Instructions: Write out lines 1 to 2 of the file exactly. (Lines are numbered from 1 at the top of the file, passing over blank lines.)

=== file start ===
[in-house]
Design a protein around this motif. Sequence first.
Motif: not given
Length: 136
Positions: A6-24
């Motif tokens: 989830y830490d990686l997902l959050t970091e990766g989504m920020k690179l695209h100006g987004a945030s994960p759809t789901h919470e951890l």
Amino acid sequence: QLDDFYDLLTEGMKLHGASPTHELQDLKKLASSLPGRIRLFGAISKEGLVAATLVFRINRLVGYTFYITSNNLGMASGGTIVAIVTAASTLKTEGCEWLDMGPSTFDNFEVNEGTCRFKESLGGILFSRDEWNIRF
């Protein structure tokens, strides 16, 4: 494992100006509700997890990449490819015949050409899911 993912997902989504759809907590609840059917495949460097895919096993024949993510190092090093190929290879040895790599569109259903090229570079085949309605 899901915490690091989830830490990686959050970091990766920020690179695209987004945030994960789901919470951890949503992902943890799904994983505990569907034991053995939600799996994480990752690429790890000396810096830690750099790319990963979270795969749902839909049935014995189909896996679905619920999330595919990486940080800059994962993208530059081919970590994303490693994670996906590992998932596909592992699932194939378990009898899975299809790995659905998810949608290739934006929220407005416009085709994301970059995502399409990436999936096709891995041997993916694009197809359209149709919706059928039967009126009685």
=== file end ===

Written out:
[in-house]
Design a protein around this motif. Sequence first.